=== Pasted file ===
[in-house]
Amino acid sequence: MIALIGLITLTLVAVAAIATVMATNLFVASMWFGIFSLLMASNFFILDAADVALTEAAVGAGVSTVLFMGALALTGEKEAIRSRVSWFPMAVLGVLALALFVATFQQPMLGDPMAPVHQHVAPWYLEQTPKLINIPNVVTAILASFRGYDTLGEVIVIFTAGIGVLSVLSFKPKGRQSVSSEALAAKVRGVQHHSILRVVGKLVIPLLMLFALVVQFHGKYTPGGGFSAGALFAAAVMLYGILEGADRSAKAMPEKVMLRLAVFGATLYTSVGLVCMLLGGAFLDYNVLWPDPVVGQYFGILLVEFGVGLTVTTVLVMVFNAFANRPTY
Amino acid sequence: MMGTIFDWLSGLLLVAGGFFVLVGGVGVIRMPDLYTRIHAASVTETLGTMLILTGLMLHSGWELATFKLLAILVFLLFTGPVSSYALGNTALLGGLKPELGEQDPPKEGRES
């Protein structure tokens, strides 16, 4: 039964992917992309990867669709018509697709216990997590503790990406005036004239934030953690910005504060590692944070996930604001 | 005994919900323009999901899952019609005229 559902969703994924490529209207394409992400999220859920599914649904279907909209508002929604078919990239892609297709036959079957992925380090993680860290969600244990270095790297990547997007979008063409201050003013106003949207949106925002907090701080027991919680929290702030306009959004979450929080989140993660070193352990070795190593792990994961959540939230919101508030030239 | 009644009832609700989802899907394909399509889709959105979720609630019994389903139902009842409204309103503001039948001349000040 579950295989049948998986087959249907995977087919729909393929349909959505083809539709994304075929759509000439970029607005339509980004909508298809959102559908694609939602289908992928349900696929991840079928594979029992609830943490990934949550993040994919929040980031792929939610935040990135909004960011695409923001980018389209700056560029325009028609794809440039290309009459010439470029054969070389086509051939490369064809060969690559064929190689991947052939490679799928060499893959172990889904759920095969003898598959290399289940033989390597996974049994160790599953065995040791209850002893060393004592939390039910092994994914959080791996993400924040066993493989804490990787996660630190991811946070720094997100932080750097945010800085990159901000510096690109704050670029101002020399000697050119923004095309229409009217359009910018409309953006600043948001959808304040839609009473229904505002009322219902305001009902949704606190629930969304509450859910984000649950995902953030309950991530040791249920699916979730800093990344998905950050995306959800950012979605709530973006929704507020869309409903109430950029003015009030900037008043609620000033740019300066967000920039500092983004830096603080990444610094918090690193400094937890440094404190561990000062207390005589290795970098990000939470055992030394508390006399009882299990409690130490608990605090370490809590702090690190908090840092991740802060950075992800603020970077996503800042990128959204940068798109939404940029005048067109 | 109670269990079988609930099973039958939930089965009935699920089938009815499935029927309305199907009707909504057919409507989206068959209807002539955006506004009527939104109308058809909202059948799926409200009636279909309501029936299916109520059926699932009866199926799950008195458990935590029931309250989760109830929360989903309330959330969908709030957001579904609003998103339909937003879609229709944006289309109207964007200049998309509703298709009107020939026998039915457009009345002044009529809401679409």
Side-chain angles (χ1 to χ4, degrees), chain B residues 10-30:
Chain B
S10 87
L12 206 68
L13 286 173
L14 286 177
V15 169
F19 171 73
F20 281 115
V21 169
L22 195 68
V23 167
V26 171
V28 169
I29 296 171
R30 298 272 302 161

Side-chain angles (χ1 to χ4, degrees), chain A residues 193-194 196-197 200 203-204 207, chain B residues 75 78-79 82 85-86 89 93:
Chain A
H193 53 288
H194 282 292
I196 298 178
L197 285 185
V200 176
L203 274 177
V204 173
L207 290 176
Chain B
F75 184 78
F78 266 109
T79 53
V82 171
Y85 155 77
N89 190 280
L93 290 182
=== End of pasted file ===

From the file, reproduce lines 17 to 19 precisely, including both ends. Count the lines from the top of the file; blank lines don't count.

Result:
V26 171
V28 169
I29 296 171